Wed Dec 22
320 SE 2nd
Listening to pioneering jazz pianist Jelly Roll Morton in the tour van. Thanking John Fahey, the iconoclastic, eccentric guitarist who married traditional finger picking styles to a host of unlikely genres, in your CD liner notes. These are activities one would associate with a 46-year-old roots music artist. But a pair of 23-year-old bucks? Yup. Yet it makes sense if you do the math, says singer-guitarist Adam Stephens, one half of San Francisco duo Two Gallants, as he and drummer Tyson Vogel sail along the highway with Jelly Roll banging away in the background.
"We see each other pretty much every day," Stephens says of Vogel, his friend since kindergarten. "We're becoming the same person." And 23 plus 23 does equal 46.
Actually, these clues don't seem so odd once you've sampled the Gallants' 2004 debut, The Throes (Alive Records). Critics have likened the duo to folk-rock giants such as Bob Dylan and Leonard Cohen, but upon closer inspection, the former comparison seems to stem primarily from Stephens' facility on harmonica, and the latter to a knack for penning cheery couplets like, "It ain't no difference which way I smile/ I ain't good lookin' from a quarter mile." To these ears, Stephens' voice recalls John Darnielle of the Mountain Goats at his most unhinged, while the ferocity with which Two Gallants render their compositions conjures the devil-at-my-heels clamor of blues-punk greats the Gun Club circa 1981's Fire of Love.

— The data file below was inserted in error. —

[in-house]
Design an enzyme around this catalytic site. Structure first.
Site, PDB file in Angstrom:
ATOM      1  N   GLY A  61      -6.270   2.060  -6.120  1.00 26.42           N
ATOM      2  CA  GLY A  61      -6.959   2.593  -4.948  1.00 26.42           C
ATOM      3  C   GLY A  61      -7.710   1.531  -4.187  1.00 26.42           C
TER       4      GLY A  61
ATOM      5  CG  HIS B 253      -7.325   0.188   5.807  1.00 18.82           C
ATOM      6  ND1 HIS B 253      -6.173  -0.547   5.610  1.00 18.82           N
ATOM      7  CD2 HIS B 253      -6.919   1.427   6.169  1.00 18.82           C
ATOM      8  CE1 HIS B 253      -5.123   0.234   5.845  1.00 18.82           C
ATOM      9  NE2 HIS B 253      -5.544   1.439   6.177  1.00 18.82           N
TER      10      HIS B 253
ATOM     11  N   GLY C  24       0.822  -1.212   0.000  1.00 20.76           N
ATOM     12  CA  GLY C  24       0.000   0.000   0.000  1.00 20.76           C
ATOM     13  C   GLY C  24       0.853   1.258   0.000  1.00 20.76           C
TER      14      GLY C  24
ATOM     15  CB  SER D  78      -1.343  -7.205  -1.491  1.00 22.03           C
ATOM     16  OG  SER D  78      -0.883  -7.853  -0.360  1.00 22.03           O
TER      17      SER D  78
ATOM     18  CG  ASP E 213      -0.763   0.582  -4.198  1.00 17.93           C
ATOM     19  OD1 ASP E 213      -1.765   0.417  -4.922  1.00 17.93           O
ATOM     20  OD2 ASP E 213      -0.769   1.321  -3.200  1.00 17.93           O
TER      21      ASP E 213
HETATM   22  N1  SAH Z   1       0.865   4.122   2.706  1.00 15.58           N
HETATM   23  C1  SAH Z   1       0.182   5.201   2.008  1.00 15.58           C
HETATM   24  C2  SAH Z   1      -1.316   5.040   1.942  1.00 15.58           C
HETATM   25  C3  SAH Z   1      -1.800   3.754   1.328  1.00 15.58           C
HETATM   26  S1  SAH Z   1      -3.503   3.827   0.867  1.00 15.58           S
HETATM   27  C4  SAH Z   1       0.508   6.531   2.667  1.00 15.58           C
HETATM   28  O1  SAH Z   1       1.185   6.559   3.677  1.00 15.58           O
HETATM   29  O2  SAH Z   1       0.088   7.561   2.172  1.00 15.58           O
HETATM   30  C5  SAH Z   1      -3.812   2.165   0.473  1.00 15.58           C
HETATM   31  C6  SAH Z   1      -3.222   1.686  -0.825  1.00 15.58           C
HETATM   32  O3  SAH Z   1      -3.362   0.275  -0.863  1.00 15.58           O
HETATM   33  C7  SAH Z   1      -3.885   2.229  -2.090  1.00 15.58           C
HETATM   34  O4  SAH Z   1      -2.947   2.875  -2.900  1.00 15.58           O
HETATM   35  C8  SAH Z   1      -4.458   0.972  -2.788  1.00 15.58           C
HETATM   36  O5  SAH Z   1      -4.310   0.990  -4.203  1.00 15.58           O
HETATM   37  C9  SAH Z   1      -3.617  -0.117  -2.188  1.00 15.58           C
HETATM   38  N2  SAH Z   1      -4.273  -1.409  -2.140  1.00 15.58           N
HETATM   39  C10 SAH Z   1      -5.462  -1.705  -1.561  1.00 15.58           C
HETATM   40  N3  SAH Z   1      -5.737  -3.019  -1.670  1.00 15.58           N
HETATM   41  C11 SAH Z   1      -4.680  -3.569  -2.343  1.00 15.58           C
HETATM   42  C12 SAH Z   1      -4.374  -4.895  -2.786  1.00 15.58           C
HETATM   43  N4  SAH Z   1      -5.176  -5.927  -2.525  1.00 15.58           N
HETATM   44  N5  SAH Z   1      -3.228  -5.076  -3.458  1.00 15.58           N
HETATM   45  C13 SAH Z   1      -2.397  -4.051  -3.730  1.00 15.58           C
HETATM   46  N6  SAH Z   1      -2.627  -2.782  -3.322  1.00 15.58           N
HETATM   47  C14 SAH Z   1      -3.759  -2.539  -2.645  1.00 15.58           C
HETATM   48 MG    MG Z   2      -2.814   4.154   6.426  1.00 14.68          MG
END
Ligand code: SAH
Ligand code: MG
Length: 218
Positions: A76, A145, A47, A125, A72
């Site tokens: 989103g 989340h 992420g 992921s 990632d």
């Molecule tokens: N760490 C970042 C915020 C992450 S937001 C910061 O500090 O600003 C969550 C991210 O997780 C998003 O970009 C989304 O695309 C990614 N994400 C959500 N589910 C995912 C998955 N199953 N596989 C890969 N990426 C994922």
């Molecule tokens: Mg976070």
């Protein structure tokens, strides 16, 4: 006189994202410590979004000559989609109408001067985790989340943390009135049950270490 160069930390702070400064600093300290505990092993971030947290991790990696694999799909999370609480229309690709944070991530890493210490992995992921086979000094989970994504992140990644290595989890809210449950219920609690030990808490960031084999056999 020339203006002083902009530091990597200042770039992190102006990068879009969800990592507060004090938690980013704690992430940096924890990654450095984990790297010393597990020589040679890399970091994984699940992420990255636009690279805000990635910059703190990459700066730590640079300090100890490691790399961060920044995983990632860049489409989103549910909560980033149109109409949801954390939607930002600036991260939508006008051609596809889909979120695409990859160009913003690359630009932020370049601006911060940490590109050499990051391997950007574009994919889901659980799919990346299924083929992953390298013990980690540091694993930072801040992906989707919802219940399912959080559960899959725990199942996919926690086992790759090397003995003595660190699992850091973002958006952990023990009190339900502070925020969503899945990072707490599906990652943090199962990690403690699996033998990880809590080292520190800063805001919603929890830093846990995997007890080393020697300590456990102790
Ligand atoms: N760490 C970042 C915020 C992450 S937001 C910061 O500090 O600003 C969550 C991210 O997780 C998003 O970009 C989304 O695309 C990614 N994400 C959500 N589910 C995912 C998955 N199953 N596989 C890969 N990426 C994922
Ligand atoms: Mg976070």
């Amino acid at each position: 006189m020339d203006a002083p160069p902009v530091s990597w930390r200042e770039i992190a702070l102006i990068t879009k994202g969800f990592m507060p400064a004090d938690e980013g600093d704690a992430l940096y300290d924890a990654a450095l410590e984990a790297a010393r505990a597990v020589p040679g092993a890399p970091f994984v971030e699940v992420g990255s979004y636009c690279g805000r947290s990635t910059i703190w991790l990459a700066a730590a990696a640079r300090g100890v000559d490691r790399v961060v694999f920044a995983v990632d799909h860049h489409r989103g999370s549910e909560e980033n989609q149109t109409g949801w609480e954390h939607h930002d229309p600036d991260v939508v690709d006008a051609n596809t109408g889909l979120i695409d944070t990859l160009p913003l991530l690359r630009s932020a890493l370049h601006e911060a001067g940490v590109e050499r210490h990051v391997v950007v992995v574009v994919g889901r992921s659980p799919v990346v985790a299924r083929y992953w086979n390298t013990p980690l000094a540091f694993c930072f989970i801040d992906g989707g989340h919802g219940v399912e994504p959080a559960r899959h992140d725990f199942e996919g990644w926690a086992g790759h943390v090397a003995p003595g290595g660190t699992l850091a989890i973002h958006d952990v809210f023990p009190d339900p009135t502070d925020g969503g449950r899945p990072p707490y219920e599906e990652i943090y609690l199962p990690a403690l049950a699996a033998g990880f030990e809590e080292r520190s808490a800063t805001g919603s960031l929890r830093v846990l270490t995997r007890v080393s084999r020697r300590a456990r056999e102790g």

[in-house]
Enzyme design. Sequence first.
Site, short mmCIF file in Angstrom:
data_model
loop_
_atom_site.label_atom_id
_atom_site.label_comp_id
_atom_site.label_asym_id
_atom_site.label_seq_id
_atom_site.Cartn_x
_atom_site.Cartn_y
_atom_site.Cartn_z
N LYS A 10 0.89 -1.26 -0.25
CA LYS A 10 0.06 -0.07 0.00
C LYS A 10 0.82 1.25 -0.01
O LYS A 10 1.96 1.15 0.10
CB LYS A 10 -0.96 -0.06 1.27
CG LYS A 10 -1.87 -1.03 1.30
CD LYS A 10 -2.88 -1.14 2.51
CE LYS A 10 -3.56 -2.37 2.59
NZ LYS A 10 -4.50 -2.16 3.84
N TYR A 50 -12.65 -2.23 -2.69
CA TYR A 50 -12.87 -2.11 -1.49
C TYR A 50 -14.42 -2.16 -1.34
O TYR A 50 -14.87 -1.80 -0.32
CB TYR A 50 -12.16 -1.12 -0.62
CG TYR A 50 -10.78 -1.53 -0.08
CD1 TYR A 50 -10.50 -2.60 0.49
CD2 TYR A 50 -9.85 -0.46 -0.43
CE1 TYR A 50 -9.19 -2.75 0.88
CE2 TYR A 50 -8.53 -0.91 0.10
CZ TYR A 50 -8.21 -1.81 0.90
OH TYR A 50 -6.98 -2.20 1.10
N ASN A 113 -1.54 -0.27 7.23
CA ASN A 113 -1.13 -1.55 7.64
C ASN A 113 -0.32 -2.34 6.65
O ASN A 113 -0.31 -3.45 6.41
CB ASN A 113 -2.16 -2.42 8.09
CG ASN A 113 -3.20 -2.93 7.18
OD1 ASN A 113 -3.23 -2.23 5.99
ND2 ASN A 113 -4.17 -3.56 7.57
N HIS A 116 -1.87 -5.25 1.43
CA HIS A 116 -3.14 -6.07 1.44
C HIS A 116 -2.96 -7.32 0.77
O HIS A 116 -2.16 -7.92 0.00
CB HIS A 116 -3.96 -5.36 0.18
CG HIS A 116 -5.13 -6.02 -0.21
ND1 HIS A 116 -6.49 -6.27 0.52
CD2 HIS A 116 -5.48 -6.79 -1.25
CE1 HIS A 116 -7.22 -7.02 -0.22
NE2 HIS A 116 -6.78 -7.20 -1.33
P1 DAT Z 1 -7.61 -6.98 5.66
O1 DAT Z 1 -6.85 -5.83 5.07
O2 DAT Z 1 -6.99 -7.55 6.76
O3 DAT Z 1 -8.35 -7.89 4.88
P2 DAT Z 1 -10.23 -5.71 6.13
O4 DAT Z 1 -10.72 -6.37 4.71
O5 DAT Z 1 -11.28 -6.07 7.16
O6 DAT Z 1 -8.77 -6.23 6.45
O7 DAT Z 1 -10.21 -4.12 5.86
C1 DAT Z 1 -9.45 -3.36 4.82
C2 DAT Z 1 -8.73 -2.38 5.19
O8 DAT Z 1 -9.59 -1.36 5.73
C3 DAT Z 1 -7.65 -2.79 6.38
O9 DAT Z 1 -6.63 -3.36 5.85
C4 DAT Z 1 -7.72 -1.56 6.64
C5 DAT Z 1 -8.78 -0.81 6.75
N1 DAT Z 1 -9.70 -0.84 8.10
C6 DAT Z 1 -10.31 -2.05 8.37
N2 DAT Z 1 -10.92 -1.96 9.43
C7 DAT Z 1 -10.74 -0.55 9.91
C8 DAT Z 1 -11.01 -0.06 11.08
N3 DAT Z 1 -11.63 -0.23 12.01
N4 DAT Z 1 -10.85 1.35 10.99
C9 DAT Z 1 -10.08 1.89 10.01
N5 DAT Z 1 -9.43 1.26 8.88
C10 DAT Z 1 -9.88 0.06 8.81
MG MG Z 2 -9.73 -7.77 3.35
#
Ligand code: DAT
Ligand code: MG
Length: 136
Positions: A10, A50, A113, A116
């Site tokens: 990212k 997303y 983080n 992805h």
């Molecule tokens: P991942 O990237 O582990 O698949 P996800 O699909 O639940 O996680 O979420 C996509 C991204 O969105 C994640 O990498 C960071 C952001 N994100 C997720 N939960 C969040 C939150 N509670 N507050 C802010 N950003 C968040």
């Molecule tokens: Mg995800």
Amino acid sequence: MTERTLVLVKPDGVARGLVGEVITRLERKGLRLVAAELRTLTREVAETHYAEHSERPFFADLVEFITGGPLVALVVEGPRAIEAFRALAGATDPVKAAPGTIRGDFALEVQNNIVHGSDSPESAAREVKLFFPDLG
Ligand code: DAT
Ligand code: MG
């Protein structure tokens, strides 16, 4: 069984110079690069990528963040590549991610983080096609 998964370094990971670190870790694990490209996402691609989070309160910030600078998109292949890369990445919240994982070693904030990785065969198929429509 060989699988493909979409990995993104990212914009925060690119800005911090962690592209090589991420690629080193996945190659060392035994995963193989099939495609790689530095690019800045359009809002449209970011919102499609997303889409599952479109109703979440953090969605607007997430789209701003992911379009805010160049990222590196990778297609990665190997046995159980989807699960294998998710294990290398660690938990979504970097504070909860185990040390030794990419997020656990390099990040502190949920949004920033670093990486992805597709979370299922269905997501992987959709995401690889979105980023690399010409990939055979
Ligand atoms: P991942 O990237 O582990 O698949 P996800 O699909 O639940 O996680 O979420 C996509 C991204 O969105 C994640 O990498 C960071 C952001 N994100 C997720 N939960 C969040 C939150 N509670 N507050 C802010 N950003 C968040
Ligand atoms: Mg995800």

One aspect of the Gallants' artistry that distinguishes The Throes is a willingness to write from viewpoints other than the masculine first person. The harrowing epic "The Train That Stole My Man" could have sprung from the seasoned pen of Dolly Parton or Loretta Lynn, while the title track finds an omniscient narrator detailing a gruesome scene of domestic violence in close quarters ("He's got the kind of love that never shows"). Themes of loss and heartbreak also recur throughout their work, but we'll skip the analysis of Two Gallants' abandonment issues. Besides, they'll always have each other.